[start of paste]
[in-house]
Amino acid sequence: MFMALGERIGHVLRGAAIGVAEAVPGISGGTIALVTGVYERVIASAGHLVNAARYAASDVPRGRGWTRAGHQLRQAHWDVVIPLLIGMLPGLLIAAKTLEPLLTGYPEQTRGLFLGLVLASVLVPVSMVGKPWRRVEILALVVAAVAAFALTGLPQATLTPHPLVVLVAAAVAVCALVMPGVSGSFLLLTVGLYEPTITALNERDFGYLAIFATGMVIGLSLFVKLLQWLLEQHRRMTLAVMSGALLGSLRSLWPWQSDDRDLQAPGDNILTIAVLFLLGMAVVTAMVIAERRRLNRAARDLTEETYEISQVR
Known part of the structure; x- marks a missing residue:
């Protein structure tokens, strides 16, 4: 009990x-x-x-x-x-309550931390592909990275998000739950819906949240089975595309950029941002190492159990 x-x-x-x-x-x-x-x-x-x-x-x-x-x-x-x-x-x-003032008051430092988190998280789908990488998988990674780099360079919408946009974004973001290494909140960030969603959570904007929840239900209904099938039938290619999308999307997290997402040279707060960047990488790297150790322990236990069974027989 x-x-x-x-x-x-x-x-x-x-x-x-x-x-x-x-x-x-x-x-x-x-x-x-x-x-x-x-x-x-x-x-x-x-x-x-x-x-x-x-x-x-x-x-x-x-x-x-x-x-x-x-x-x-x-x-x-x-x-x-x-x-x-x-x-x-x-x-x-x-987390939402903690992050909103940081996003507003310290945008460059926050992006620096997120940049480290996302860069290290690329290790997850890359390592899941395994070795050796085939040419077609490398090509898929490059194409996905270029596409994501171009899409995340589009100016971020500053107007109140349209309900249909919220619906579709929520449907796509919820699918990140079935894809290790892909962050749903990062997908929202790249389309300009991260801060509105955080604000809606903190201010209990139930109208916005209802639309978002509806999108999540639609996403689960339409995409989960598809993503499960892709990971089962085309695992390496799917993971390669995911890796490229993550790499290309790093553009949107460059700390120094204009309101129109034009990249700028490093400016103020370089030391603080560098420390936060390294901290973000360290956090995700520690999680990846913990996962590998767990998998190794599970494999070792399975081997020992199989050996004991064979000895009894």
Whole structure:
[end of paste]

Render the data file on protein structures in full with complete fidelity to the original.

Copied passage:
[in-house]
Amino acid sequence: MFMALGERIGHVLRGAAIGVAEAVPGISGGTIALVTGVYERVIASAGHLVNAARYAASDVPRGRGWTRAGHQLRQAHWDVVIPLLIGMLPGLLIAAKTLEPLLTGYPEQTRGLFLGLVLASVLVPVSMVGKPWRRVEILALVVAAVAAFALTGLPQATLTPHPLVVLVAAAVAVCALVMPGVSGSFLLLTVGLYEPTITALNERDFGYLAIFATGMVIGLSLFVKLLQWLLEQHRRMTLAVMSGALLGSLRSLWPWQSDDRDLQAPGDNILTIAVLFLLGMAVVTAMVIAERRRLNRAARDLTEETYEISQVR
Known part of the structure; x- marks a missing residue:
């Protein structure tokens, strides 16, 4: 009990x-x-x-x-x-309550931390592909990275998000739950819906949240089975595309950029941002190492159990 x-x-x-x-x-x-x-x-x-x-x-x-x-x-x-x-x-x-003032008051430092988190998280789908990488998988990674780099360079919408946009974004973001290494909140960030969603959570904007929840239900209904099938039938290619999308999307997290997402040279707060960047990488790297150790322990236990069974027989 x-x-x-x-x-x-x-x-x-x-x-x-x-x-x-x-x-x-x-x-x-x-x-x-x-x-x-x-x-x-x-x-x-x-x-x-x-x-x-x-x-x-x-x-x-x-x-x-x-x-x-x-x-x-x-x-x-x-x-x-x-x-x-x-x-x-x-x-x-x-987390939402903690992050909103940081996003507003310290945008460059926050992006620096997120940049480290996302860069290290690329290790997850890359390592899941395994070795050796085939040419077609490398090509898929490059194409996905270029596409994501171009899409995340589009100016971020500053107007109140349209309900249909919220619906579709929520449907796509919820699918990140079935894809290790892909962050749903990062997908929202790249389309300009991260801060509105955080604000809606903190201010209990139930109208916005209802639309978002509806999108999540639609996403689960339409995409989960598809993503499960892709990971089962085309695992390496799917993971390669995911890796490229993550790499290309790093553009949107460059700390120094204009309101129109034009990249700028490093400016103020370089030391603080560098420390936060390294901290973000360290956090995700520690999680990846913990996962590998767990998998190794599970494999070792399975081997020992199989050996004991064979000895009894």
Whole structure: